by Susannah Clapp | 24 April 2022
The immersive theatre trailblazers return with an all-consuming vision of the siege of Troy
Seventeen years ago, Punchdrunk began to change the way I felt. I remember my first encounter with the company in a misty factory near the Oval. And my transforming moment coming out of Faust in a five-storey Docklands warehouse a year later: the experience was so all-encompassing I had to shake myself into everyday life and architecture, eyes shrinking and expanding.
Felix Barrett, the artistic director, and the choreographer Maxine Doyle have also altered the theatre – in entirely unexpected ways. They don’t produce new words; their shows are mostly silent. They don’t directly suggest social or political change, or offer a new version of character. Yet their shows – in which the audience mingle with the action, spectators deciding what they see – involve an intense refocusing, a hesitation between being lost and taking control. Barrett and his co-director Doyle do not describe what they do as “immersive theatre”. Rightly: the term suggests a tour around an ancient kitchen where someone dressed up in a pinny and mobcap says hello to you over a saucepan. Punchdrunk alter the very texture of things: they provide microscopic, drilling detail, but at the same time they swivel an audience’s sense of space.
The company have not had a large show in London for nine years – though there have been performances in New York and Shanghai – and they have never had a permanent home in this country. Now they have settled in Woolwich, making 100,000 sq ft of two former ammunitions factories into performance spaces. These vast industrial buildings seem capable of conjuring a sense of infinite area. Where better to think about war, the waging of it and its devastating effects.
The current embracing of all things classical – the National has just announced that a large-scale adaptation of The Odyssey will take place across the country next year – involves a search for a vocabulary that can encompass arbitrary and predictable terrors: blows from the gods and cycles of revenge horror. The Burnt City, a vision of the siege of Troy, draws on Aeschylus’s Agamemnon and Euripides’s Hecuba. It is not so much a re-enactment as a response to these works.
The audience enters through the mock-up of an archaeological exhibition about Troy, which introduces the idea of sifting layers of evidence and significance. From then on, everyone’s experience will be slightly different. Speech is banned and spectators are obliged to wear bone-white masks covering foreheads and noses. Actors are the only ones with faces here; scenes are surrounded by a throng of identical blank, beaky stares. Audiences can try to piece together stories by following one actor, or drift around the space, soaking and accumulating. Their movement becomes part of the disturbing current of the evening. Some rummage through rooms turning over objects as if they were sanitary inspectors or spies; others push people aside to be close to their favourite character. Everyone is likely in turn to feel bewilderment, exasperation, quickening, wonder.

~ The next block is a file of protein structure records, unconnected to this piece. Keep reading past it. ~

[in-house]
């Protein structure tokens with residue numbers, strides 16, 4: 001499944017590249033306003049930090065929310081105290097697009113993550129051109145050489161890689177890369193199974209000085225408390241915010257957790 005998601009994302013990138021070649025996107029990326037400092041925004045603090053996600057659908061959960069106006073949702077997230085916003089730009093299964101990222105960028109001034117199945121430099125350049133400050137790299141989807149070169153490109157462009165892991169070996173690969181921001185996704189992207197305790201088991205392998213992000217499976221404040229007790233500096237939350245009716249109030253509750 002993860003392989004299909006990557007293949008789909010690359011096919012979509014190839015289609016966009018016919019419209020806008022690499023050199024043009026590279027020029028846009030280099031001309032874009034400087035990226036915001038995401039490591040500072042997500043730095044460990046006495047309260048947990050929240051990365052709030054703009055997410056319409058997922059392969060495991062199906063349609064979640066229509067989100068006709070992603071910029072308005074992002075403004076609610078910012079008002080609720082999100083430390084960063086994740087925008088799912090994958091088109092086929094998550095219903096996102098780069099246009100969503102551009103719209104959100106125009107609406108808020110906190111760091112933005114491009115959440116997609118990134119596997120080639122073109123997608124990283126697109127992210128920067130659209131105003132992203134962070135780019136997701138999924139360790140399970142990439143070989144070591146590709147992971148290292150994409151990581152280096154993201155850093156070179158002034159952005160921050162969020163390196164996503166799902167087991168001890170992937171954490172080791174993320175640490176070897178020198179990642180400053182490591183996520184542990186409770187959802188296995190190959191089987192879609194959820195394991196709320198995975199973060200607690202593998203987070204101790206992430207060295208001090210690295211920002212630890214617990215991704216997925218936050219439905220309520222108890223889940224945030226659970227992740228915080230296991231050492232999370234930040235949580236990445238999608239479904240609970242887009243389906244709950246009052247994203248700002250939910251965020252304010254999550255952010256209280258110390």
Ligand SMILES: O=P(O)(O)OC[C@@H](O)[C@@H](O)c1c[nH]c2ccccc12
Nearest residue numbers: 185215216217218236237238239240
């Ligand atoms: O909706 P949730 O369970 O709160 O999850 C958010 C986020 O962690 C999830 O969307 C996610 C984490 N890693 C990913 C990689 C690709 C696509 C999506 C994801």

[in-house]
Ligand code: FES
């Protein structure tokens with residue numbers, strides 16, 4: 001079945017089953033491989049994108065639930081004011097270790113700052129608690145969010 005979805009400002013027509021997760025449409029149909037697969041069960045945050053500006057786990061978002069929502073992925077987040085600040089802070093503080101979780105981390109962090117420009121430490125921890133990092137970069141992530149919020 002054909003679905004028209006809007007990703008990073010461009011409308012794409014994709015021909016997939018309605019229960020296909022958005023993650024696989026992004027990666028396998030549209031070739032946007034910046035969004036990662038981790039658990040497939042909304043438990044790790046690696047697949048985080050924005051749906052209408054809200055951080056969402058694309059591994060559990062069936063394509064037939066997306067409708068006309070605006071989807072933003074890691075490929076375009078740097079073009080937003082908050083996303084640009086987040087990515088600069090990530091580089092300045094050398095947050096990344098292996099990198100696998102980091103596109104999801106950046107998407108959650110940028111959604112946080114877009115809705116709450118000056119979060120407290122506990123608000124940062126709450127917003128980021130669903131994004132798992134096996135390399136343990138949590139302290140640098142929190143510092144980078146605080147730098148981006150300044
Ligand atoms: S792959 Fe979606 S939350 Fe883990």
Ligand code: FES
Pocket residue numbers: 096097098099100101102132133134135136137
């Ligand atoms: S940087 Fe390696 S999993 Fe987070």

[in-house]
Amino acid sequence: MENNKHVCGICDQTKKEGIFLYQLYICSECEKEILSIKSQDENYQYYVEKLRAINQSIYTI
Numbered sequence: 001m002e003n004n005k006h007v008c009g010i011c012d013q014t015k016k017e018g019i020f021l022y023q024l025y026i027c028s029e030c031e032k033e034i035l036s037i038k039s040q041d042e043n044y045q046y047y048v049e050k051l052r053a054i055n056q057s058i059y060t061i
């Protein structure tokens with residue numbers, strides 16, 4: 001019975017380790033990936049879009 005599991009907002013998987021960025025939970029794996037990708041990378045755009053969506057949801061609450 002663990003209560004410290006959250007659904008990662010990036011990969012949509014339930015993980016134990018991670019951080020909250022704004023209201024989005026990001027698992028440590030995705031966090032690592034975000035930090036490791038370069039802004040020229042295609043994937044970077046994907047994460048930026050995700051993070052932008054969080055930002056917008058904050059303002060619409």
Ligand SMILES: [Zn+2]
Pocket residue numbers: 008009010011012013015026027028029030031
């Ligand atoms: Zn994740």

Two buildings hold the Greek and the Trojan experience. Neither is simply classical but inflected by references to Fritz Lang’s Metropolis and Weimar decadence, with costumes nodding to Alexander McQueen. In the Greek city of Mycenae, sand is underfoot in a cavernous space where huge wooden beams, balanced against each other like crosses, stand in swirling, smoky light. There is the roar of storm and melancholy calls from woodwind. Scenes are delivered sometimes as ritual, sometimes as dance fragments, body-bending fights, gymnastic mysteries. Sometimes you have to let go of clarity: I don’t mind that I don’t know who the character was who, making his hammock into a trapeze, twisted so dextrously that he seemed himself to be a piece of canvas.
The clearest storyline belongs to Iphigenia. Under a billowing canvas, the campaign headquarters of her father Agamemnon is reconstructed as a mix of classical references and an early 20th-century office: dial phones, manual typewriter, a painting of Clytemnestra above the desk and a letter warning of prophecies. Iphigenia’s bedroom – that of a young girl who thinks she is off to be married – is exquisitely constructed with a doll’s house and soft toys; a floral diary contains love lyrics copied out by hand, and a magazine snippet about June brides. She goes to meet her lover on one of those cruciform beams; she is sacrificed there by her father.
Driving narrative is not Punchdrunk’s strong suit. Actually, the more driving (as in their 2009 It Felt Like a Kiss) the less original. They are creators of distilled moments. Crossing a border checkpoint into Troy, reimagined as a hub of decadence, you can see the Hotel Elysium (“no refunds”), a room in a tenement building with a half-eaten supper congealing in a Baby Belling, and a woman writhing in all-over leather as she waits for her dealer; Willow Weep for Me is playing. Almost most impressive are the apparently redundant rooms, places that might have been left as sketches but are meticulously realised: a taproom that has kegs of “Styx” and “Hades”; a pottery shop with rows of tiny clay figures of Poseidon and Athena. The most static scenes can contain an inward energy: magnificently, they urge you to look for the past that has made them.
The Burnt City is booking until 24 September 2023